Astoria Cove, 2.2 million-square-foot real estate development project, got a thumbs-up from the New York City Council’s land-use committee on November 12. Full City Council approval is now expected on November 25.
The Subcommittee on Zoning and Franchises of the New York City Council sent the
The earlier proposal made by 2030 Astoria Developers back to the drawing board over concerns about safely, union jobs and most importantly, an insufficient amount of affordable housing.
“One of the developers of the Queens project, Alma Realty, said 27% of the project’s more than 1,700 units would be affordable, compared with the 20% that it was offering to build when the project passed the City Planning Commission in September,” the Wall Street Journal reported.
“The project was the first major test of Mayor Bill de Blasio’s efforts to create tens of thousands of new units by requiring developers to include affordable housing in dense new developments. Advocates had lined up to demand that 50% of the project be affordable, while the construction and service workers unions wanted jobs for their workers,” the WSJ added.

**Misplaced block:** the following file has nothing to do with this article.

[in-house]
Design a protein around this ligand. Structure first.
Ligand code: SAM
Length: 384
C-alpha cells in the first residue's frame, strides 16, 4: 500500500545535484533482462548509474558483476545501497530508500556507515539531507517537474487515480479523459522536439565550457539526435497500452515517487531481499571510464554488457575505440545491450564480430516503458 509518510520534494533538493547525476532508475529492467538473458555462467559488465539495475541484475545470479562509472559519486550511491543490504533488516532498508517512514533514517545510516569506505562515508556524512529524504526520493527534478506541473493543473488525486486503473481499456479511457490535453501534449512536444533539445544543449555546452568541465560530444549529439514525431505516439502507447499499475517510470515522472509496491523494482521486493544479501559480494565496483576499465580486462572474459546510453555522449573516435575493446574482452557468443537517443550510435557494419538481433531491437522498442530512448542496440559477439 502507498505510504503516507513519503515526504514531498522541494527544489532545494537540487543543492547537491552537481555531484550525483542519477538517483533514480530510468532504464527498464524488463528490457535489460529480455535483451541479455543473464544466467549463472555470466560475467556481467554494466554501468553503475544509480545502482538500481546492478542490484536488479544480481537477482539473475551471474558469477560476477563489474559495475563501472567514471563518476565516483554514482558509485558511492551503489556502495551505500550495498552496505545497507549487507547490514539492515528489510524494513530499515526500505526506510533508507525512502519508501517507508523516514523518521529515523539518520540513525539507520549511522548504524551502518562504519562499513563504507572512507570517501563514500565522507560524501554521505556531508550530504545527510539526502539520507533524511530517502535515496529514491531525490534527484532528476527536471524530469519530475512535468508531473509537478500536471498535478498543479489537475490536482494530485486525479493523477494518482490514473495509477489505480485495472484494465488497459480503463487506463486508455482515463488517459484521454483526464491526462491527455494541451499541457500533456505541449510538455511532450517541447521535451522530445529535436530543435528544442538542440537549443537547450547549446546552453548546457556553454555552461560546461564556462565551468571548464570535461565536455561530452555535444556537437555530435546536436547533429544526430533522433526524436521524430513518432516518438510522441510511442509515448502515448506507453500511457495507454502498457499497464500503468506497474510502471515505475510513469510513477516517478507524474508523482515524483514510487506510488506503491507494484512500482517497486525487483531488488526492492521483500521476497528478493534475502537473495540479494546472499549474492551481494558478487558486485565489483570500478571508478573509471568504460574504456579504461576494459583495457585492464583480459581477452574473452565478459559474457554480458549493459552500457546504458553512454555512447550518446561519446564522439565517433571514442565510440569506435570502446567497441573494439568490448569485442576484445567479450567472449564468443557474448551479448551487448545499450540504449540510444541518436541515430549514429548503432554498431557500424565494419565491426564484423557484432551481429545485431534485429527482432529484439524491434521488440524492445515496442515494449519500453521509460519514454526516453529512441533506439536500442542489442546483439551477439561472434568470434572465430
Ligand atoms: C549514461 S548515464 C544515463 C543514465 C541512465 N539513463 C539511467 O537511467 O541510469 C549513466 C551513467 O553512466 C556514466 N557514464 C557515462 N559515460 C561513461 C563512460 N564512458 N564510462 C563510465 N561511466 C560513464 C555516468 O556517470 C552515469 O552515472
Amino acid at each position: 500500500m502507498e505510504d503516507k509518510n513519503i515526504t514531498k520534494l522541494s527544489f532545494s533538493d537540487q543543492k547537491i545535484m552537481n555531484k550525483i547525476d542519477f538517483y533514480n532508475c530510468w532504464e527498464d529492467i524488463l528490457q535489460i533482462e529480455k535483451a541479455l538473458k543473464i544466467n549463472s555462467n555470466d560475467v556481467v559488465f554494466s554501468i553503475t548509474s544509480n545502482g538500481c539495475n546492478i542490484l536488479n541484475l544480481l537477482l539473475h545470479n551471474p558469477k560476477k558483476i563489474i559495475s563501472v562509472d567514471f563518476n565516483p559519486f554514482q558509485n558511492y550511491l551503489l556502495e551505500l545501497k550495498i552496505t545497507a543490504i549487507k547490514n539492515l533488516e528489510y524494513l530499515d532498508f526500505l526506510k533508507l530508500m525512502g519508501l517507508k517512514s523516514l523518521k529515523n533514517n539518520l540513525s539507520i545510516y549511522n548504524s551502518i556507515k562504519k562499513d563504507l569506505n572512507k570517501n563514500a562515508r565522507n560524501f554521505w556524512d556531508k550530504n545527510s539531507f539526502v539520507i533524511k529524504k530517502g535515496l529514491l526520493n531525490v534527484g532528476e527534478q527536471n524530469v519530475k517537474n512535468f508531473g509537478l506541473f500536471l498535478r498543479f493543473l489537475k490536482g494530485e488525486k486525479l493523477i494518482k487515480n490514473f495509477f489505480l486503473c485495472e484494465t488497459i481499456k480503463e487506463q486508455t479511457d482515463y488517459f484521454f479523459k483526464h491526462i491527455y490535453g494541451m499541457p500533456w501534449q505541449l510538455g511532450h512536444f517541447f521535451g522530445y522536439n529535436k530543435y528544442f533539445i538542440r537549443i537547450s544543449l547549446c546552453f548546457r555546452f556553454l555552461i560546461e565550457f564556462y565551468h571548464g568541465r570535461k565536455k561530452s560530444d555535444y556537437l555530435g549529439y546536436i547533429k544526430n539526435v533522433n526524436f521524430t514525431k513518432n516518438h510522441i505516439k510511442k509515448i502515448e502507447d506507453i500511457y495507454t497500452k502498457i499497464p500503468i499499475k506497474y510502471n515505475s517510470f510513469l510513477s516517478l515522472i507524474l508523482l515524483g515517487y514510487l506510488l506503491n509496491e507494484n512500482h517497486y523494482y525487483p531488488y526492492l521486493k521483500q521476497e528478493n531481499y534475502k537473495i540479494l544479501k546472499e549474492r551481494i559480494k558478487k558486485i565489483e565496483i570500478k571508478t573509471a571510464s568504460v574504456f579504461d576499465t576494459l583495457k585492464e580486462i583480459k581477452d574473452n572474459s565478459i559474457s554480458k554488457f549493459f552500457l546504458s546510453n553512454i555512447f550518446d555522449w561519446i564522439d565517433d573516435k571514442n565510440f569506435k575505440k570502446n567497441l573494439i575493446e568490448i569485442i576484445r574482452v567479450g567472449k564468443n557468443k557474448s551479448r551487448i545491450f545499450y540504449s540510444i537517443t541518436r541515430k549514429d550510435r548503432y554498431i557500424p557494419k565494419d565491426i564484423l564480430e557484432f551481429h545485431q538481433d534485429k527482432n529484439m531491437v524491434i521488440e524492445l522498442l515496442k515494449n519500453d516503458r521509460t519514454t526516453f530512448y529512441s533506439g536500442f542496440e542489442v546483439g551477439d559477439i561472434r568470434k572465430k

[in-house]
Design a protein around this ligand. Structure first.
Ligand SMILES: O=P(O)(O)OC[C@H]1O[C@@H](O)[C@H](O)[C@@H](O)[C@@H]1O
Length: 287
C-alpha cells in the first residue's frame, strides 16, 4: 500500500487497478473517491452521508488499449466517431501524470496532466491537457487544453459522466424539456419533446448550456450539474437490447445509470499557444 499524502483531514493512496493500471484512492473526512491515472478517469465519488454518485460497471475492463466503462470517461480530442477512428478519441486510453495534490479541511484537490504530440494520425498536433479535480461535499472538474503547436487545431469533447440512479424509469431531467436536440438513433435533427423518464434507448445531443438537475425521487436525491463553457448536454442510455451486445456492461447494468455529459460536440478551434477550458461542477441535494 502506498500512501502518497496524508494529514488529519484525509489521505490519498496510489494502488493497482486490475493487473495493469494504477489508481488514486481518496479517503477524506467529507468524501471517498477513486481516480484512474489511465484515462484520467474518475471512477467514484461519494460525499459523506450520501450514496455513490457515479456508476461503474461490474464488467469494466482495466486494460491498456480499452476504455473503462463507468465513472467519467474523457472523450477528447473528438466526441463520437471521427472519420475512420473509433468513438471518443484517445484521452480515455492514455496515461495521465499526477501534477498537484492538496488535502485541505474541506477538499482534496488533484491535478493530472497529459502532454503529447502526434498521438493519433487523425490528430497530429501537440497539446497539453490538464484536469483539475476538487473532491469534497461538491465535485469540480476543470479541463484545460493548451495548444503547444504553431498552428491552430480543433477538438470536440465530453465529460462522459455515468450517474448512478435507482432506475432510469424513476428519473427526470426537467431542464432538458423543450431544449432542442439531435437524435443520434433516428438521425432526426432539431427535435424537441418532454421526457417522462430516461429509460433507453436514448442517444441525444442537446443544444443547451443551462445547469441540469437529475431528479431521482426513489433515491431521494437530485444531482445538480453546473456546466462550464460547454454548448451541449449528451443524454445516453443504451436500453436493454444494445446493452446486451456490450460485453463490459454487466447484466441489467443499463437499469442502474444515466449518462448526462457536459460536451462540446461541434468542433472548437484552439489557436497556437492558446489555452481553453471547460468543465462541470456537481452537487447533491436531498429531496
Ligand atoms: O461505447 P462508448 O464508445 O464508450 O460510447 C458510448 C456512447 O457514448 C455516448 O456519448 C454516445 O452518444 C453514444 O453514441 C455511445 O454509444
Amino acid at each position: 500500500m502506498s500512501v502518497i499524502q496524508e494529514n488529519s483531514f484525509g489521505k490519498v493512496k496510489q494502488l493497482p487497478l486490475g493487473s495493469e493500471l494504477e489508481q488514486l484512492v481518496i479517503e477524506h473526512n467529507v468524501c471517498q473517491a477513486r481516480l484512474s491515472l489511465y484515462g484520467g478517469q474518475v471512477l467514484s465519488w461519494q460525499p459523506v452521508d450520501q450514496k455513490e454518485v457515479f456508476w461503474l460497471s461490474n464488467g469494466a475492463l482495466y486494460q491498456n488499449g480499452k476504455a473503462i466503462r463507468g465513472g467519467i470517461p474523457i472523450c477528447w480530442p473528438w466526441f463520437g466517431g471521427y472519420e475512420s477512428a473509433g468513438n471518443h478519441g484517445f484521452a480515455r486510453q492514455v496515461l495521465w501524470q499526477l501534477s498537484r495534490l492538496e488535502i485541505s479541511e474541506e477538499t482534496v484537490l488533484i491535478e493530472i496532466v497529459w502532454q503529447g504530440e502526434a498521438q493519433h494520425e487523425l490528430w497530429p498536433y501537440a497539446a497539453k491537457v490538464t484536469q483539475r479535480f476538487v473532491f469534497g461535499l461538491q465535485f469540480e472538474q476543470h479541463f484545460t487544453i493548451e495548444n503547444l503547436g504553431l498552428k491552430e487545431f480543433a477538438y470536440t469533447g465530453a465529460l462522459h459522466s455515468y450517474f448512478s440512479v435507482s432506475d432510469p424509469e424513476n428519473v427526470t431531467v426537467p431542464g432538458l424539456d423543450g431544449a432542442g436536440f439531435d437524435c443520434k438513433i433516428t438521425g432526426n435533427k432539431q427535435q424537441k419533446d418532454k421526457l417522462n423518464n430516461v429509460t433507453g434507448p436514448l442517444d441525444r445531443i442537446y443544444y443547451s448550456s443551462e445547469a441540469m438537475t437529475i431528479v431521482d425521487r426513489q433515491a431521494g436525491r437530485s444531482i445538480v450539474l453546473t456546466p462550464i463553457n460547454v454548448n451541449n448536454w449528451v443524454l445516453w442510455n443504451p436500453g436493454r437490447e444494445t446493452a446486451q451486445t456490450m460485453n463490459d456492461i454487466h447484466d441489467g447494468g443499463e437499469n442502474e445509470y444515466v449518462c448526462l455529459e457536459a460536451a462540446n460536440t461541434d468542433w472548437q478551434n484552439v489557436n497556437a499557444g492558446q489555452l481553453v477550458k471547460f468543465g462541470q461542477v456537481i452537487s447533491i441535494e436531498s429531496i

The deal disappointed housing advocates who wanted a higher percentage of affordable housing. They also believe the rents would not be afforded by area families.
The project will include a ferry dock for service to Manhattan and Brooklyn.
Costa Constantinides, Astoria’s City Council member, was pleased, believing that the deal would provide housing, good jobs and transportation for an isolated area.
“We have an agreement here at Astoria Cove that truly integrates this development into our community,” he said.
“As of Tuesday evening, the parties remained at odds on crucial issues, namely affordable housing and labor, according to people familiar with the matter,” the WSJ reported, but “At 8:22 p.m. housing advocates, unions and some elected officials put out an advisory for a news conference on Wednesday morning to call for a no vote on the project. A deal with the unions was struck late in the evening, and the news conference was called off. Negotiations continued until mid-afternoon Wednesday—well after the scheduled time for a vote.”